May 20, 2020 – We’re excited to announce that Aspen Digital is partnering with Axios to relaunch the weekly Codebook newsletter. Starting May 27, our senior staff writer, Zach Dorfman, will be in subscribers’ inboxes every Wednesday, reporting on the latest at the intersection of cybersecurity, national security, and technology.
In the broadest sense, cybersecurity is the story of our time. It’s the story of how we drive, work, vote, and shop. It’s the story of how we deliver health care, electricity, and water. Moreover, in a globalized, wired economy, information is the most valuable natural resource, the currency of the digital age. The global pandemic this spring has only accelerated our society’s push into virtual spaces and new environments, rewriting the rules for government agencies and entire industries and presenting numerous new opportunities and vulnerabilities.
And yet despite their growing importance to our daily lives, cybersecurity and technology—and the important policy choices wrapped up in them—remain too little understood in the corridors of Washington, in corporate boardrooms, and around America’s kitchen tables. We’ve seen lawmakers in congressional hearings fumble to grasp basic answers about how the major social media companies function; we’ve seen government departments and agencies stumble in response to attacks from foreign adversaries like China, Russia, Iran, and North Korea; we’ve seen Fortune 100 companies hobbled by ransomware and pillaged of their intellectual property; and we continue to see deliberate efforts online to deceive and mislead the American public about basic facts, from vital information on health care to the foundations of democracy.
The cybersecurity program at The Aspen Institute was founded in 2017 to help educate and illuminate this complex new world and bring together critical voices from government, business, and civil society to help solve the most pressing problems in cybersecurity. Our work focuses on helping people make smarter choices about security and technology, and this new partnership with Axios—which has pioneered its inimical “Smart Brevity” format to inform readers quickly about what matters most—is a wonderful new opportunity to lead the national conversation and create a deeper public understanding of how cybersecurity shapes our future.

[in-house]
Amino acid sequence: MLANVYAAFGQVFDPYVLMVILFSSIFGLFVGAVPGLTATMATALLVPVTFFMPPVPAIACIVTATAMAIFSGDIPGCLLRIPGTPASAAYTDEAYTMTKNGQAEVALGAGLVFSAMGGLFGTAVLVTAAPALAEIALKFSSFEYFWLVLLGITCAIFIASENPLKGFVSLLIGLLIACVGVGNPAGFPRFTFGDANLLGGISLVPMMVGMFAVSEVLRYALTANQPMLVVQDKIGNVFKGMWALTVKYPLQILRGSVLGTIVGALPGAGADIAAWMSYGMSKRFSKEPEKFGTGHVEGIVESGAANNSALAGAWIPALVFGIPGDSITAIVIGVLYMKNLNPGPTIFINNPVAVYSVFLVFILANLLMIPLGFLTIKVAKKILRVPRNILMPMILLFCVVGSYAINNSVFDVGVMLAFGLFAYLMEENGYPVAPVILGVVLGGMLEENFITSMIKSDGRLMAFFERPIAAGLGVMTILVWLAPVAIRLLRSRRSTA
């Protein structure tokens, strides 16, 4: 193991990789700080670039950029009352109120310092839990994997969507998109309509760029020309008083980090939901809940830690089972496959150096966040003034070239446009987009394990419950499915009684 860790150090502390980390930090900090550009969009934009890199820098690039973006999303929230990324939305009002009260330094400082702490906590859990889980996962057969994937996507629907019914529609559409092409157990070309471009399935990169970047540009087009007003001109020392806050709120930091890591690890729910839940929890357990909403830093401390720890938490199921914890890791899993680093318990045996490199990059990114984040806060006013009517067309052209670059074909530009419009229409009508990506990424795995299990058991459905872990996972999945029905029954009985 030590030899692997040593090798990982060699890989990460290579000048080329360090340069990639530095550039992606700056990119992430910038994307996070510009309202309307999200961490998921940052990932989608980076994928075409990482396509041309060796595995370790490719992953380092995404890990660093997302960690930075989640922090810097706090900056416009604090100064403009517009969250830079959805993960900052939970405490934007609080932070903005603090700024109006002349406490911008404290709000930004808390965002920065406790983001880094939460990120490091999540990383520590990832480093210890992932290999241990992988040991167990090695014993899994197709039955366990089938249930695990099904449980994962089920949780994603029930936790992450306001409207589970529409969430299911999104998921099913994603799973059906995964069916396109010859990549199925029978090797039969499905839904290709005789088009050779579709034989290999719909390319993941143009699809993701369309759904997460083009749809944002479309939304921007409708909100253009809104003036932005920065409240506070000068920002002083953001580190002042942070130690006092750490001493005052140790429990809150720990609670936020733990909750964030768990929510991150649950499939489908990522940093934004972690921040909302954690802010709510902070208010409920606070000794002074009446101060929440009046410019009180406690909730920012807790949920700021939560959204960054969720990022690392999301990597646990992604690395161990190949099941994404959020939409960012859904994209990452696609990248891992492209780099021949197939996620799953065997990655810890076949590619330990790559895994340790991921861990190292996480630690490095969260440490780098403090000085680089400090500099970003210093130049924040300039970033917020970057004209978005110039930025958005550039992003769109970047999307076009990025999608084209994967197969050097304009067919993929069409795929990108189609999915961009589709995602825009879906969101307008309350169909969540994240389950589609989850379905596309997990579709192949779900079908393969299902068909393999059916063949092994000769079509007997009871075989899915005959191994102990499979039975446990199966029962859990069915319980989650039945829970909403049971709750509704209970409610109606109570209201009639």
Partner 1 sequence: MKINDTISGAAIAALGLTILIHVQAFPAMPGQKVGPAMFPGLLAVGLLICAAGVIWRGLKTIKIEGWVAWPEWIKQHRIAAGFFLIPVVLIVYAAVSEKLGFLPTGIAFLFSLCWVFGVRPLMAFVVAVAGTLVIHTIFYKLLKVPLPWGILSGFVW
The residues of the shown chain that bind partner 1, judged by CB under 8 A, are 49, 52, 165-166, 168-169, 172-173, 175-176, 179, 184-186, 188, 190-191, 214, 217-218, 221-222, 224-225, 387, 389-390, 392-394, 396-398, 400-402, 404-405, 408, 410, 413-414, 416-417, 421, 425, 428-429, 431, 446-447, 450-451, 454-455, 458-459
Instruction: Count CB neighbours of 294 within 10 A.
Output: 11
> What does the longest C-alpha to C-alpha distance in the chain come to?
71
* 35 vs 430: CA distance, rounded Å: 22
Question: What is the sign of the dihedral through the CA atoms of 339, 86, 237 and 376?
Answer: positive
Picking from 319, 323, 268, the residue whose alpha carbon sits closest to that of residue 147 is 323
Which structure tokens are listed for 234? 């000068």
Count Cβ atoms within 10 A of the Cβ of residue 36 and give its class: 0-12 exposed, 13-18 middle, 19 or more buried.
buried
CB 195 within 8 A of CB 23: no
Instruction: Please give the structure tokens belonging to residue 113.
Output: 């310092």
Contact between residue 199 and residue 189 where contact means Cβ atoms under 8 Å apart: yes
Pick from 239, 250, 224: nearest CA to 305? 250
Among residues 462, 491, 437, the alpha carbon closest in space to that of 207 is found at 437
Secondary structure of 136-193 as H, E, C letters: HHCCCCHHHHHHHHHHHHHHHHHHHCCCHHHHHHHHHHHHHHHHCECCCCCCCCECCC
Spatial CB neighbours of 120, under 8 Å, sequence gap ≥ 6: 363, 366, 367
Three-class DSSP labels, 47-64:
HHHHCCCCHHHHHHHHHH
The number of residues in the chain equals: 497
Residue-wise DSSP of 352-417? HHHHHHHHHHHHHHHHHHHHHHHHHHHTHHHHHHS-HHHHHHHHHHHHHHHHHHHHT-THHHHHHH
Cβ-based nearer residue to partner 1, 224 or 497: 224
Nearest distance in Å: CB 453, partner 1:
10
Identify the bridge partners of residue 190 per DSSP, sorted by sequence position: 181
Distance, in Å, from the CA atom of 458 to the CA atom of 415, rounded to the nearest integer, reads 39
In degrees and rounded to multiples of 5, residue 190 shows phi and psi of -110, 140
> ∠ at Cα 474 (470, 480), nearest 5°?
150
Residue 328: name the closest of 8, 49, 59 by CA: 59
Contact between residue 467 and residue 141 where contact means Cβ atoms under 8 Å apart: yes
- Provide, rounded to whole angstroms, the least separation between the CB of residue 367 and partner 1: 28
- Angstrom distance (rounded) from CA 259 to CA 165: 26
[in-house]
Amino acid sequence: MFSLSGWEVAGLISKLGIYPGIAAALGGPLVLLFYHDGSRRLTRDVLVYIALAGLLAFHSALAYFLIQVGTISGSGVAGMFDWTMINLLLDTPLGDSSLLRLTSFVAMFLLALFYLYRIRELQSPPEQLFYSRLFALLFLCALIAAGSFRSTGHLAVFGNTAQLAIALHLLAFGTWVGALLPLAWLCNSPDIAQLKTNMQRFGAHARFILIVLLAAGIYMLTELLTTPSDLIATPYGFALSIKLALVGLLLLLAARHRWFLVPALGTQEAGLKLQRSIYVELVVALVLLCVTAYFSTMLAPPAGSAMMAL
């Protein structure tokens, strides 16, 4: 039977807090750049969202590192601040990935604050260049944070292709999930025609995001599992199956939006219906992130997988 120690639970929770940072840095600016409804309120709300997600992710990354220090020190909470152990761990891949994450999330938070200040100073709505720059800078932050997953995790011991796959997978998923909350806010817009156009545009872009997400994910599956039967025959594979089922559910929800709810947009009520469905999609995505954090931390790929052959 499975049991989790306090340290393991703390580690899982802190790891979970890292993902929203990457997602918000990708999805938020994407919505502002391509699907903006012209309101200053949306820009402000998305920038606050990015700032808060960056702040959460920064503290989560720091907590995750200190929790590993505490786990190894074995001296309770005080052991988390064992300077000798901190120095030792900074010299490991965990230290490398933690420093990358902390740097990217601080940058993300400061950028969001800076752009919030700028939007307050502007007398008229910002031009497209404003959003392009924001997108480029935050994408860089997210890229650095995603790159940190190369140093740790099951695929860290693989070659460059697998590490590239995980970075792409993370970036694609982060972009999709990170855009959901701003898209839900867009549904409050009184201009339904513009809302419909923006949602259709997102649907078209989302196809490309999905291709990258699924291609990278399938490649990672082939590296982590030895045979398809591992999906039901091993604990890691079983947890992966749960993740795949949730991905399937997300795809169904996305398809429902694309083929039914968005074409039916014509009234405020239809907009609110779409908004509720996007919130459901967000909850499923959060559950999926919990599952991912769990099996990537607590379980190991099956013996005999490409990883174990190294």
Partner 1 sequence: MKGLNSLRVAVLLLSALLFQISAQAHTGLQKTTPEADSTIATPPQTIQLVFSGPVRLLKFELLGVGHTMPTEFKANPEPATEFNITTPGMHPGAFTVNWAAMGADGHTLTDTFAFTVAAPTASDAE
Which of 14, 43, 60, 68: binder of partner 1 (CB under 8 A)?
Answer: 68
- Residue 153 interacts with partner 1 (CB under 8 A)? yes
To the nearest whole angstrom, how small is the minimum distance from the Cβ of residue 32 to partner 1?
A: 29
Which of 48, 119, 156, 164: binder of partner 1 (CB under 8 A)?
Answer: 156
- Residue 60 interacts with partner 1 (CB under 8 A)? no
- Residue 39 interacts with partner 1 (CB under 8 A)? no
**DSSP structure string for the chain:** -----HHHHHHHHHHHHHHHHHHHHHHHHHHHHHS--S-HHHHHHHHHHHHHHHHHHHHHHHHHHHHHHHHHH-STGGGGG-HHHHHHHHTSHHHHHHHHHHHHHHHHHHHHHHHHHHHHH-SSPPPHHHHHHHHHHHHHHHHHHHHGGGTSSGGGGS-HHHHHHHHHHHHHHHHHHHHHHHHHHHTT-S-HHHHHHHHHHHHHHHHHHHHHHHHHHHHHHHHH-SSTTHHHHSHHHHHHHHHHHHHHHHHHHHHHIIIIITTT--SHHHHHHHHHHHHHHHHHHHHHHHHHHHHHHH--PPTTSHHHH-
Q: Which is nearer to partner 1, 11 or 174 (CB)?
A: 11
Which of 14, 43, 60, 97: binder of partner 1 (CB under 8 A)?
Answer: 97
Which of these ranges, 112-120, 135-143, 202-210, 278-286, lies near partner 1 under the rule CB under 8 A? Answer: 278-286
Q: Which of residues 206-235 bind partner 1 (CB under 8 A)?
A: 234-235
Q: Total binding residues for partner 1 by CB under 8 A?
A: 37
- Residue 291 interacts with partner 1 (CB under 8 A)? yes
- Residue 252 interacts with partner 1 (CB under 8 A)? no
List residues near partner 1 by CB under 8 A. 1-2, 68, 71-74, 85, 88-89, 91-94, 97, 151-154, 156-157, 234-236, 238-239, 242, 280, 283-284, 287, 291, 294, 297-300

One of the reasons we’re excited about this collaboration is because we’ve long believed that one of the reasons that cybersecurity and technology seem so confounding and opaque to policymakers and business leaders is because the journalists who write about it too often don’t understand the subject themselves. We believe smart writing will lead to smarter policy. (Another of our Aspen Digital initiatives, our annual Newmark Cyber Journalism Fellowship, also focuses on this challenge, bringing in national security reporters and editors for hands-on training in the nuts and bolts of cybersecurity to help them understand these questions better.)
Subject-matter expertise on technology and national security will be a unique strength of the new team behind the relaunched Axios Codebook: each week, Zach Dorfman will work closely with Axios’s technology editor Scott Rosenberg, who is himself a thoughtful, longtime pioneer of the tech reporting world. (When I taught social media at Georgetown a decade ago, Scott’s book on blogging, SAY EVERYTHING, was one of the core texts of my class.)
Zach, for his part, is a distinguished national security journalist who has written for POLITICO, The Atlantic, Foreign Policy, and other publications, and his work has focused on challenges that nation-states like China, Russia, North Korea, and Iran pose to the US and our western allies; the inner workings of the $60-billion-a-year world of US spy agencies; and the ways in which technology is changing what intelligence is and how it’s gathered. Last year, he and Jenna McLaughlin received the Gerald R. Ford Prize for Defense Reporting for their Yahoo News series on how the secret online channels that the CIA used to communicate with its sources in China were compromised, exposing these sources’ identities and leading to numerous arrests and even executions.
Want to subscribe to Axios Codebook and follow along on Zach’s weekly exploration of all things cyber? Click here.